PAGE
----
Illuminum Greenhouses constructs affordable greenhouses and nethouses equipped with drip irrigation kits fitted with solar-powered sensors to improve water conservation and enable the Internet of Things penetrate and reach the base of pyramid farmers. Our goal is to minimise water wastage while collecting data on water irrigated while allowing these farmers to remotely control and operate their farm from wherever they are using their mobile phones through a simple text message.
We have made new partners whom together we have developed version 3.0 which is able to upload all the data on soil temperature, soil moisture levels, ambient temperature and most importantly the amount of water irrigated. We have also introduced GPS coordinates for our system to allow us to map real-time where our farmers are and then tie this to the data that we receive on our cloud.
How does your innovation work?
The innovation solution is simple, automated drip irrigation with sensor technology. The sensor is a solar powered device that monitors temperature, humidity, soil moisture and regulates water through drip lines using a mobile phone. The farmer can open and close the irrigation system as well as query and get alerts on the status of the greenhouse regarding temperature, humidity and soil moisture by simply sending a message to the sensor located in the greenhouse or open field from anywhere and any time of day. This results in enhanced monitoring and care of the plants on the farm as well as water conservation. The system has also provides automatic alert through a message sent on exceeded parameters that require correction. The innovation stands out from the rest due to application of sensors to conserve water in farming and is affordable by smallholder farmers. The innovation is urgently required contribute to food production for the growing population with limited water available.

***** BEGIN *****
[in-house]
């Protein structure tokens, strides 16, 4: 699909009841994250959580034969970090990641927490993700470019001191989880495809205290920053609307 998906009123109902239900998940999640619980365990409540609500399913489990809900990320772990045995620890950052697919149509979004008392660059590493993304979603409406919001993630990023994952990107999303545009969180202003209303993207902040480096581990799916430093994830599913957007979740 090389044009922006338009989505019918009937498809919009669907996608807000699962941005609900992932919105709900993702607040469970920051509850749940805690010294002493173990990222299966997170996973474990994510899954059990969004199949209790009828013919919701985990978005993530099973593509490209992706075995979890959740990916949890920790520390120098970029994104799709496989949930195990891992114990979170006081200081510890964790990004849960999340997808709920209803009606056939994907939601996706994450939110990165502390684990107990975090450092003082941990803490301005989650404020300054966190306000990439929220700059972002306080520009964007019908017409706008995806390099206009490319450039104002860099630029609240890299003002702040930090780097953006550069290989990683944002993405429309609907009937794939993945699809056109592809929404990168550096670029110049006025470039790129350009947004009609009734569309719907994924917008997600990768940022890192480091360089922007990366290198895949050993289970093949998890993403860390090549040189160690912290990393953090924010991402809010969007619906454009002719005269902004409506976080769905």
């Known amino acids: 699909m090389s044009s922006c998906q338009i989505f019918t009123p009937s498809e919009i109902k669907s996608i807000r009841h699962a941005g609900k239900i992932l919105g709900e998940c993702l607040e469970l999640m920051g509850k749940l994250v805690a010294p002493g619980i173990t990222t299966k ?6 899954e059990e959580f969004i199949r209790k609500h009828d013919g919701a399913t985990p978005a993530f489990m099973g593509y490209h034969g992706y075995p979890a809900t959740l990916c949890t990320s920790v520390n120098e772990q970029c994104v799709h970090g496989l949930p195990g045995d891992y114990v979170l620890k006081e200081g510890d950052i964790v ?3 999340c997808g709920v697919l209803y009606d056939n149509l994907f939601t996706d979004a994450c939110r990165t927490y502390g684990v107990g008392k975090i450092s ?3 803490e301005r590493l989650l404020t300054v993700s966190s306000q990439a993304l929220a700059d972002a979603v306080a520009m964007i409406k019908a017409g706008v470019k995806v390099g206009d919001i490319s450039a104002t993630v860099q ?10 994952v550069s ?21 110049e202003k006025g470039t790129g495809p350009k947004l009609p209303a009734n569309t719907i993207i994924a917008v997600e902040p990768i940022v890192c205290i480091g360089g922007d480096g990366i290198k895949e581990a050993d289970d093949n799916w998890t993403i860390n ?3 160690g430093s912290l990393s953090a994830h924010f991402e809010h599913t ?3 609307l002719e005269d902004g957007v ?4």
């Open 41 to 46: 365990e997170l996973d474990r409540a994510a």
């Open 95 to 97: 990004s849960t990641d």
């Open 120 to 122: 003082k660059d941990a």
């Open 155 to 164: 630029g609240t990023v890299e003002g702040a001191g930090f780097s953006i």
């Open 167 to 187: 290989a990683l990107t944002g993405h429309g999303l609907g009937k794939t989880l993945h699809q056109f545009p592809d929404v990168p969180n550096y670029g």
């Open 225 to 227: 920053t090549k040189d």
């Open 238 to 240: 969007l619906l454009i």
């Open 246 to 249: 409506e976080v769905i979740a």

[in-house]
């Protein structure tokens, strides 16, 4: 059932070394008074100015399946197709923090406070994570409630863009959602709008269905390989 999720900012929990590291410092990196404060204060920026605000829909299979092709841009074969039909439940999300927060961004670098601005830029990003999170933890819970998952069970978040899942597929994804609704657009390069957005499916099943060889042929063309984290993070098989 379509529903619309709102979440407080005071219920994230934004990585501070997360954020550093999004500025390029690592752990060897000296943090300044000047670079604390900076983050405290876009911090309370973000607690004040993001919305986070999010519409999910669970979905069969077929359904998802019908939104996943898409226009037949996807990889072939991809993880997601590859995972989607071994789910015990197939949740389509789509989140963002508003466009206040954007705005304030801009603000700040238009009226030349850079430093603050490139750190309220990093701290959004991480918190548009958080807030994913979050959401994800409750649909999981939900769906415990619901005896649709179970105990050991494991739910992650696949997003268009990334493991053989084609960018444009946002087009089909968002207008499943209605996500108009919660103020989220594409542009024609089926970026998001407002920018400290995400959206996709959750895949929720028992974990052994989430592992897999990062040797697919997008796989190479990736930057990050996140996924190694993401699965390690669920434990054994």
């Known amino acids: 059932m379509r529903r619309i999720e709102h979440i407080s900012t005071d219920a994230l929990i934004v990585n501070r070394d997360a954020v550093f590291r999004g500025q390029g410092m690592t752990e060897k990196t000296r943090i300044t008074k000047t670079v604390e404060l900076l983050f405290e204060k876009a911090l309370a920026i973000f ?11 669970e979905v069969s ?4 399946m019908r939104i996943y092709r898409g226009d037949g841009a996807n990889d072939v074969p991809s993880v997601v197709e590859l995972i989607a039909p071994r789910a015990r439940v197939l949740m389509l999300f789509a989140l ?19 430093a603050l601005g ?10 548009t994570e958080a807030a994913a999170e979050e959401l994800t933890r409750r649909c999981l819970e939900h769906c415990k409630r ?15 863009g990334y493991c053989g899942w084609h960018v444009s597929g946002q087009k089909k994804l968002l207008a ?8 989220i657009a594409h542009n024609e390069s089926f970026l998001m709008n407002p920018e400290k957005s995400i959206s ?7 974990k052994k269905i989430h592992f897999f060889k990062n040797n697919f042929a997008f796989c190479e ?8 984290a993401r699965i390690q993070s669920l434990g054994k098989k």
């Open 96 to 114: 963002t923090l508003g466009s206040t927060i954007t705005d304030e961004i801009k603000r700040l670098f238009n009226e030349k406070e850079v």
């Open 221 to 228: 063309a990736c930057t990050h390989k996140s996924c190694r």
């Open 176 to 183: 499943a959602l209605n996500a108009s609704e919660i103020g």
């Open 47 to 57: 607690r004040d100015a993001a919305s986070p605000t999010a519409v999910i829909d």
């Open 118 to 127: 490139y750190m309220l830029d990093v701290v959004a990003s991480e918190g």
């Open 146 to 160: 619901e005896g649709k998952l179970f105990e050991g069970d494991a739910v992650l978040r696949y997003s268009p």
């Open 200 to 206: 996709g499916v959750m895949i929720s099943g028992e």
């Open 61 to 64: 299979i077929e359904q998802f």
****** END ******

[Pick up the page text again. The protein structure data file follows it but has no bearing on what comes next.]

What is your strategy for expanding use of your innovation?
We have made progress by forming partnerships with donor entities such as USADF that have funded us to demonstrate our innovation to smallholder farmers in Kenya. Together we have set up demo plots around this farmers and used them as training centres to allow farmers learn and witness first hand the advantages of using this technology. This way we expose more farmers to the technology and educate the market allowing faster adoption. The next phase would be having a financial service provider to partner with us and finance our sensors to reduce the capital costs for our farmers to acquire the system. They can then begin paying back these loans as we monitor their yield and track their production using the system. We hope to tie the data on production to creating a credit worthiness for this farmers as most financial institutions do not loan farmers due to lack of a credit rating.
We are keen to combine the sensors and our greenhouses and nethouses so that we may sell a smart structure that not only protects farmers from pests and diseases but also increases their efficiency and reduces their cost of water due to the presence of sensors. This attracts more farmers to our structures enabling it to be our competitive edge and a value add to farmers. NGO's that provide farmers with agricultural equipment such as greenhouses or nethouses prefer our innovation installed in their structures as it allows them to track production and water irrigated therefore assisting them to remotely monitor this projects and ensure success while the data is helpful for them to provide KPIs for their project. Mobile operators see our innovation as a revenue stream under the internet of things portfolio that allows them to grow their service base from relying on voice and data. A value proposition Safaricom Kenya appreciates and is keen to explore. Using their sim cards in our system allows them to gain more income from the communication between the farmers and the sensors. Partnership for scaling up adoption of the innovation is between Action Against Hunger (AAH), a non-government organisation working with rural communities in the arid and semi-arid region of Kenya. AAH core business is the treatment and prevention of undernutrition, delivered through three traditional sectors of intervention: Nutrition, Food Security and Livelihoods, and Water, Sanitation & Hygiene. Key transversal approaches are Disaster Risk Reduction and Nutrition Security. We have also taken up partnerships with Local County Governments under the strategy of BOT-Build Operate and Transfer that has seen us join partnerships with Kiambu County. Other potential partners include established State development authorities supporting communal farming through irrigation for the poor rural communities, the NIB and KVDA.